Abortion is illegal in Latin America’s most populous country, but a landmark Supreme Court decision provides cause for hope.

por Sirin Kale

Publicado originalmente em Broadly

Denying women and girls their reproductive rights under any circumstances is intolerable, but it’s especially abhorrent when you’re the most populous country in Latin America. Millions of Brazilian women suffer as a result of the country’s ban on abortion, where it is illegal except in cases of rape or where a woman’s life is in danger. Forced to turn to a network of underground abortion clinics, only wealthy women can afford the safe (but illegal) abortions they need—and those without means receive substandard medical care and can end up paying with their lives.

Now Brazil has taken an important step forward in the battle for reproductive rights. On Tuesday, Brazil’s Supreme Court ruled that abortion is not a crime when performed in the first trimester of a pregnancy. Whilst this doesn’t mean that abortion is now legal across Brazil, it is an important victory for reproductive rights advocates across the country.

The Supreme Court ruling was made in response to a case involving the employees of a clandestine abortion clinic in Rio de Janeiro. The ruling will not overturn the existing ban on abortion in the predominantly Catholic country, as under Brazilian law a single decision like this one can’t set a binding legal precedent.

However, the verdict set out by Justice Luís Roberto Barroso in his decision indicates that a sea change in Brazil’s abortion laws may, finally, be imminent. “Women bear alone the burden of pregnancy. Therefore, there will only exist gender equality if women have the right to decide whether to continue a pregnancy or not,” Justice Barroso wrote.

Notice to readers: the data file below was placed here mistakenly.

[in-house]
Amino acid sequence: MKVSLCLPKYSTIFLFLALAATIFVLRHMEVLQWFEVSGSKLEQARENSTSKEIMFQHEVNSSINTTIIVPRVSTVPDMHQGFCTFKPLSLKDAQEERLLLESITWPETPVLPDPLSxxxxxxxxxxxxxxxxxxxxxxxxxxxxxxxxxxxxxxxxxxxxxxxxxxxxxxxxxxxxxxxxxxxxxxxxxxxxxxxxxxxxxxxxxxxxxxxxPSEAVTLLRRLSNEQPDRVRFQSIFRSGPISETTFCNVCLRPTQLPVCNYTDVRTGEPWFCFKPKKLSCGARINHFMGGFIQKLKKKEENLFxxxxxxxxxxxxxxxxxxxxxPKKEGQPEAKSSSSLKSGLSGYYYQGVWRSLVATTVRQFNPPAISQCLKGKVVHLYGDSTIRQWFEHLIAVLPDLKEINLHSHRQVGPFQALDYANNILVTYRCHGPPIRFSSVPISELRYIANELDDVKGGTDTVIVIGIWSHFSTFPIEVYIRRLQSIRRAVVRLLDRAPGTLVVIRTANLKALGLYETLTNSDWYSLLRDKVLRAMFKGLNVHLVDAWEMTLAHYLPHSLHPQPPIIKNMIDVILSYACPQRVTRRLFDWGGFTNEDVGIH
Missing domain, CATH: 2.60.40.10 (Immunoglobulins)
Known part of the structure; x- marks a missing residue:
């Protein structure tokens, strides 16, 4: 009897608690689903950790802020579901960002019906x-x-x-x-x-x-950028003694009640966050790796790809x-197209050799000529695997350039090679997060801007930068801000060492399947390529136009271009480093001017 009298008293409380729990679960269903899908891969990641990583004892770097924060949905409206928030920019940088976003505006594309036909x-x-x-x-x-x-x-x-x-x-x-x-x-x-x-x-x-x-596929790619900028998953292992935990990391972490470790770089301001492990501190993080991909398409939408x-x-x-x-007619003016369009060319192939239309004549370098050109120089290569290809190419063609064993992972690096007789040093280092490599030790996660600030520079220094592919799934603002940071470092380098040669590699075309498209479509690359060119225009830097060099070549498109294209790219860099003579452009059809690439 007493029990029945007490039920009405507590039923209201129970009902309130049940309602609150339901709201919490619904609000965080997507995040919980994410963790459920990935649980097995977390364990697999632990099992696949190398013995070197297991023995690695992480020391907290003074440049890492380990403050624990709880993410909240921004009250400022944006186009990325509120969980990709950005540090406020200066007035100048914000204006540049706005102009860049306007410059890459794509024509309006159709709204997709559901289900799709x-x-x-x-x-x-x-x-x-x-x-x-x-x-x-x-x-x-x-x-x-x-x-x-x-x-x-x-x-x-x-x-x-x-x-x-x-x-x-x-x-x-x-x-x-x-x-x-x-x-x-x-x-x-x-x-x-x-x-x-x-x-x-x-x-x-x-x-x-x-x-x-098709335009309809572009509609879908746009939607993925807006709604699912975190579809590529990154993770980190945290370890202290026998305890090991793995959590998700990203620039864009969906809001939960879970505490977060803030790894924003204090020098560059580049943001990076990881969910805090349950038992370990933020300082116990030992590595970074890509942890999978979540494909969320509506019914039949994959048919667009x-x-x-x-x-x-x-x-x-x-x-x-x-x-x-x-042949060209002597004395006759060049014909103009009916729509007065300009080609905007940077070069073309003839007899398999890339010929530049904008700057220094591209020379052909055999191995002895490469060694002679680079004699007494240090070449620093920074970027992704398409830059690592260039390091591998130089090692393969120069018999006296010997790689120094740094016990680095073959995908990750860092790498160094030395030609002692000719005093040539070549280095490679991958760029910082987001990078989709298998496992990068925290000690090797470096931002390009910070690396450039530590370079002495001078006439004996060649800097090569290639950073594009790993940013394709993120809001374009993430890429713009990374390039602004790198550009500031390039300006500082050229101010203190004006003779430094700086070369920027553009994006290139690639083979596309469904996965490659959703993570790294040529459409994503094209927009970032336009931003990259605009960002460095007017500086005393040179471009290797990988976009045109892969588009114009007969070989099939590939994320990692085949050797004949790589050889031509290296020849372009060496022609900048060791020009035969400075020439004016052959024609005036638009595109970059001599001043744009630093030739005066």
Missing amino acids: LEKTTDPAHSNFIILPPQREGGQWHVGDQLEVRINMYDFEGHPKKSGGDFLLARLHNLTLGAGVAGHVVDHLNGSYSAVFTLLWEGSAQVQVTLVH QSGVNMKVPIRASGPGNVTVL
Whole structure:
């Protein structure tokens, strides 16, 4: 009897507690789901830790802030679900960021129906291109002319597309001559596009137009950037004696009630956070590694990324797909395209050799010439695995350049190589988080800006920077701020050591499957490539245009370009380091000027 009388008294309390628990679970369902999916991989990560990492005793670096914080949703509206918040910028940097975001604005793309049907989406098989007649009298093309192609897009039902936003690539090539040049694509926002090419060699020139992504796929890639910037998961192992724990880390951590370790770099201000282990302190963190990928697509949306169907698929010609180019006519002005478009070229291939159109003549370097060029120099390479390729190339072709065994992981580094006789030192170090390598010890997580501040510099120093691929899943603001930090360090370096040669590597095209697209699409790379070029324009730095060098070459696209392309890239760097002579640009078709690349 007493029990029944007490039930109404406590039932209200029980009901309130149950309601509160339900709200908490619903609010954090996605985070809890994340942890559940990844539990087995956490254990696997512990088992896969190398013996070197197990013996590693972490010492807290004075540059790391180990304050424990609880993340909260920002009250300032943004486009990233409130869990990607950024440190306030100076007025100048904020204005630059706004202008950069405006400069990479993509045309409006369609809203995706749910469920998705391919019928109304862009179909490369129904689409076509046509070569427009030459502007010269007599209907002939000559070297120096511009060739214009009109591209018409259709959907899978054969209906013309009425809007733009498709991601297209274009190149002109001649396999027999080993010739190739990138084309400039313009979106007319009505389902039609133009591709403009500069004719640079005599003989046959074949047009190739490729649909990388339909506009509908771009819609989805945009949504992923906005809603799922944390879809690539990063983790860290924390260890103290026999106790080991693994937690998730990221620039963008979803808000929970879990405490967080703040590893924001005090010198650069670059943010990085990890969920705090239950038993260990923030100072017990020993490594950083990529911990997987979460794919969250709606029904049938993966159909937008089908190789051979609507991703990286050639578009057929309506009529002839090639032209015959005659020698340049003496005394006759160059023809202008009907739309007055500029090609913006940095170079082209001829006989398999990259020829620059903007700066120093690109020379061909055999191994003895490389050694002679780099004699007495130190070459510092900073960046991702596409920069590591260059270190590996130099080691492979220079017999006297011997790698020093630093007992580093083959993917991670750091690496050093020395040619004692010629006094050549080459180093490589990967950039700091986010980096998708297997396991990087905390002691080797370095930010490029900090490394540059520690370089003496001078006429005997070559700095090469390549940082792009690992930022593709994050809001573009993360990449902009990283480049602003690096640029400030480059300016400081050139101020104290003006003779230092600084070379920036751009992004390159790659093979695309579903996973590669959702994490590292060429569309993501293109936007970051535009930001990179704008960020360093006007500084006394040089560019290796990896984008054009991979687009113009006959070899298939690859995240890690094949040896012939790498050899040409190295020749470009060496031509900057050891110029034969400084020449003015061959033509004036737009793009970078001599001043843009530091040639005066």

“Contrary to what some have claimed,” explains Professor Debora Dinez of the law Faculty at the University of Brasilia, “this latest decision does not decriminalize abortion in Brazil.” In addition to her academic work, Dinez is also the co-founder of feminist group Anis, which has campaigned to reform Brazil’s abortion laws, and an documentarian whose work highlights the impact of pregnant women in the nation. The ruling, she argues, has greater political than legal significance.

An anti-abortion protester in a crowd of people gathering to meet Pope Benedict XVI in São Paulo. Photo via Wikimedia Commons

“It is, however, a clear and strategic message by Justice Luis Roberto Cardoso that some Justices are ready to tackle the fundamental question in abortion cases, which is: Should abortion be considered a crime, given the Brazilian Constitution’s provisions on gender equality, dignity, and the right to health?”

It’s estimated that a million women a year seek abortions in Brazil. While illegal abortion clinics were once permitted to operate with relative impunity, the last decade has seen hundreds raided and shut down. However, as Brazil struggles to deal with the Zika virus, which causes birth defects in pregnant women, more voices have called for reform. Dinez says that they face a fight.

“As expected, the Christian fundamentalist caucus in the Brazilian Congress is agitating for a pushback against this new ruling,” Dinez warns. “This is nothing new— it is more of the same of what they have been doing over the last ten years.”

I ask Dinez about the practical implications of the ruling. “Women can now use the courts to argue for their rights to have a legal abortion,” she explains, “but this isn’t real at the same time. Poor women have many barriers in their access to courts, and clandestine abortion clinics will still not be able to operate freely.”

That said, the Zika virus has had one expectedly positive effect: “It’s kind of the entry point for reopening discussion related to the effects of the abortion law,” she suggests. A landmark case will come before Brazil’s Supreme Court on December 7 looking to legalize abortion in cases where the woman believes she might be infected with Zika.

“It’s hard to anticipate how the votes will go,” Dinez says. “Some of the claims might be granted right away. I expect the Court may deny the injunction on abortion, and ask for more evidence and in-depth debate on that issue.”

Meanwhile, the abortion ban continues to affect every sector of Brazil’s society. “It’s the common woman,” Dinez says. “Black and brown; Catholic or evangelical women; women with kids; young women. These laws make a huge impact on ordinary women across Brazil.”